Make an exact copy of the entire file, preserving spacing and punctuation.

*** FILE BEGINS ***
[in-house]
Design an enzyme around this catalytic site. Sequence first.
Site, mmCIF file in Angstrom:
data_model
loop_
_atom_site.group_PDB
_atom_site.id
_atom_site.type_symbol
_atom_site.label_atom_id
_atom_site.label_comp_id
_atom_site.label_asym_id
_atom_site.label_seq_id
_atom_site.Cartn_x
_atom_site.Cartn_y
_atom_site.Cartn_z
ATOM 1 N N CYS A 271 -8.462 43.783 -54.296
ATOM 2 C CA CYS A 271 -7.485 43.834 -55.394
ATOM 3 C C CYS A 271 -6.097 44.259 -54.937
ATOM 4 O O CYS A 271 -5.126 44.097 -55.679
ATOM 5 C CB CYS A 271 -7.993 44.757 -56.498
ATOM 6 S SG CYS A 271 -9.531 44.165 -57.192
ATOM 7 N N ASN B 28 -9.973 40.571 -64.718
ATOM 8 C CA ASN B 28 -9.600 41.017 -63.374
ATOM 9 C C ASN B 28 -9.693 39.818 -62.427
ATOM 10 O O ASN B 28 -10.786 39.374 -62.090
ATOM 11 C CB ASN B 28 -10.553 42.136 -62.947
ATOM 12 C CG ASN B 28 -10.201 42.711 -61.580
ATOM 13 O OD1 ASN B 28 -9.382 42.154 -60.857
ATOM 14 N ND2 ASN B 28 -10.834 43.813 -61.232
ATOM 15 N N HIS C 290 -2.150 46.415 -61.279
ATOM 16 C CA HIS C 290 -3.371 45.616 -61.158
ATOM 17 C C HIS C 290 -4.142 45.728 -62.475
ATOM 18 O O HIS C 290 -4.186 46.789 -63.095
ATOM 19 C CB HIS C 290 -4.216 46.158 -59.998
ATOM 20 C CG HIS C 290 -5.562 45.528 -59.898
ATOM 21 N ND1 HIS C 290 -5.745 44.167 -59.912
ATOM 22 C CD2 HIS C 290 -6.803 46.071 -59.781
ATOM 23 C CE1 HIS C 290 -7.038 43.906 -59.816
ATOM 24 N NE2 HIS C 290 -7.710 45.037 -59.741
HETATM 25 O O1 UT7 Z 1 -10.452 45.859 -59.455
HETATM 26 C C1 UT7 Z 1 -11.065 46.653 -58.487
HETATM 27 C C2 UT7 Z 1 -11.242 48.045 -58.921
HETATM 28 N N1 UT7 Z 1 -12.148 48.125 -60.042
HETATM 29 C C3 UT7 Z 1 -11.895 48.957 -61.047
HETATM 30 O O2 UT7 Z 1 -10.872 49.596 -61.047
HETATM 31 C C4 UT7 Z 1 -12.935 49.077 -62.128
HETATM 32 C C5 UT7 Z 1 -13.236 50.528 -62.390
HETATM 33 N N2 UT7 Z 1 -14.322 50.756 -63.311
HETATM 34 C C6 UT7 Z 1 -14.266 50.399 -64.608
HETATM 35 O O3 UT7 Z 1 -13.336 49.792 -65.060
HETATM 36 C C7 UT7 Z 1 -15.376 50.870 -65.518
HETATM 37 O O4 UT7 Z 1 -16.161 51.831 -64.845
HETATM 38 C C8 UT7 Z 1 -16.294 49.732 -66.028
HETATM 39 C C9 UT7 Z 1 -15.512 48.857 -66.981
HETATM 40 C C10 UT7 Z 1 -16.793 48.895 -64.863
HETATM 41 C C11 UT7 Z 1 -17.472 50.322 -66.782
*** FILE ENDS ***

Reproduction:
[in-house]
Design an enzyme around this catalytic site. Sequence first.
Site, mmCIF file in Angstrom:
data_model
loop_
_atom_site.group_PDB
_atom_site.id
_atom_site.type_symbol
_atom_site.label_atom_id
_atom_site.label_comp_id
_atom_site.label_asym_id
_atom_site.label_seq_id
_atom_site.Cartn_x
_atom_site.Cartn_y
_atom_site.Cartn_z
ATOM 1 N N CYS A 271 -8.462 43.783 -54.296
ATOM 2 C CA CYS A 271 -7.485 43.834 -55.394
ATOM 3 C C CYS A 271 -6.097 44.259 -54.937
ATOM 4 O O CYS A 271 -5.126 44.097 -55.679
ATOM 5 C CB CYS A 271 -7.993 44.757 -56.498
ATOM 6 S SG CYS A 271 -9.531 44.165 -57.192
ATOM 7 N N ASN B 28 -9.973 40.571 -64.718
ATOM 8 C CA ASN B 28 -9.600 41.017 -63.374
ATOM 9 C C ASN B 28 -9.693 39.818 -62.427
ATOM 10 O O ASN B 28 -10.786 39.374 -62.090
ATOM 11 C CB ASN B 28 -10.553 42.136 -62.947
ATOM 12 C CG ASN B 28 -10.201 42.711 -61.580
ATOM 13 O OD1 ASN B 28 -9.382 42.154 -60.857
ATOM 14 N ND2 ASN B 28 -10.834 43.813 -61.232
ATOM 15 N N HIS C 290 -2.150 46.415 -61.279
ATOM 16 C CA HIS C 290 -3.371 45.616 -61.158
ATOM 17 C C HIS C 290 -4.142 45.728 -62.475
ATOM 18 O O HIS C 290 -4.186 46.789 -63.095
ATOM 19 C CB HIS C 290 -4.216 46.158 -59.998
ATOM 20 C CG HIS C 290 -5.562 45.528 -59.898
ATOM 21 N ND1 HIS C 290 -5.745 44.167 -59.912
ATOM 22 C CD2 HIS C 290 -6.803 46.071 -59.781
ATOM 23 C CE1 HIS C 290 -7.038 43.906 -59.816
ATOM 24 N NE2 HIS C 290 -7.710 45.037 -59.741
HETATM 25 O O1 UT7 Z 1 -10.452 45.859 -59.455
HETATM 26 C C1 UT7 Z 1 -11.065 46.653 -58.487
HETATM 27 C C2 UT7 Z 1 -11.242 48.045 -58.921
HETATM 28 N N1 UT7 Z 1 -12.148 48.125 -60.042
HETATM 29 C C3 UT7 Z 1 -11.895 48.957 -61.047
HETATM 30 O O2 UT7 Z 1 -10.872 49.596 -61.047
HETATM 31 C C4 UT7 Z 1 -12.935 49.077 -62.128
HETATM 32 C C5 UT7 Z 1 -13.236 50.528 -62.390
HETATM 33 N N2 UT7 Z 1 -14.322 50.756 -63.311
HETATM 34 C C6 UT7 Z 1 -14.266 50.399 -64.608
HETATM 35 O O3 UT7 Z 1 -13.336 49.792 -65.060
HETATM 36 C C7 UT7 Z 1 -15.376 50.870 -65.518
HETATM 37 O O4 UT7 Z 1 -16.161 51.831 -64.845
HETATM 38 C C8 UT7 Z 1 -16.294 49.732 -66.028
HETATM 39 C C9 UT7 Z 1 -15.512 48.857 -66.981
HETATM 40 C C10 UT7 Z 1 -16.793 48.895 -64.863
HETATM 41 C C11 UT7 Z 1 -17.472 50.322 -66.782